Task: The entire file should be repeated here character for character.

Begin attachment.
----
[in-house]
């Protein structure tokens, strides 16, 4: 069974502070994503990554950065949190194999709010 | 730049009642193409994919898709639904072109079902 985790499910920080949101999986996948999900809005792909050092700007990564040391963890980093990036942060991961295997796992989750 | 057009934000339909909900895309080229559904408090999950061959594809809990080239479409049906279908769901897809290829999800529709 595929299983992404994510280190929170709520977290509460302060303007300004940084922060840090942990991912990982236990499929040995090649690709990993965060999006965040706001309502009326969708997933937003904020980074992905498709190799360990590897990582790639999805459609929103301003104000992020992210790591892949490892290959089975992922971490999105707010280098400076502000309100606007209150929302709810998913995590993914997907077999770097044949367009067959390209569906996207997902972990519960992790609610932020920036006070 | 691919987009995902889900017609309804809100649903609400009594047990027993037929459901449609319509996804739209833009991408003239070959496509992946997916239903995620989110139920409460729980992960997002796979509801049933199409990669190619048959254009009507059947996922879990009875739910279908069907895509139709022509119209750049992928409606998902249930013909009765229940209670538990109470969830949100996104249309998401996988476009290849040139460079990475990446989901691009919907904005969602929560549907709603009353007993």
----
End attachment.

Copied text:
[in-house]
């Protein structure tokens, strides 16, 4: 069974502070994503990554950065949190194999709010 | 730049009642193409994919898709639904072109079902 985790499910920080949101999986996948999900809005792909050092700007990564040391963890980093990036942060991961295997796992989750 | 057009934000339909909900895309080229559904408090999950061959594809809990080239479409049906279908769901897809290829999800529709 595929299983992404994510280190929170709520977290509460302060303007300004940084922060840090942990991912990982236990499929040995090649690709990993965060999006965040706001309502009326969708997933937003904020980074992905498709190799360990590897990582790639999805459609929103301003104000992020992210790591892949490892290959089975992922971490999105707010280098400076502000309100606007209150929302709810998913995590993914997907077999770097044949367009067959390209569906996207997902972990519960992790609610932020920036006070 | 691919987009995902889900017609309804809100649903609400009594047990027993037929459901449609319509996804739209833009991408003239070959496509992946997916239903995620989110139920409460729980992960997002796979509801049933199409990669190619048959254009009507059947996922879990009875739910279908069907895509139709022509119209750049992928409606998902249930013909009765229940209670538990109470969830949100996104249309998401996988476009290849040139460079990475990446989901691009919907904005969602929560549907709603009353007993």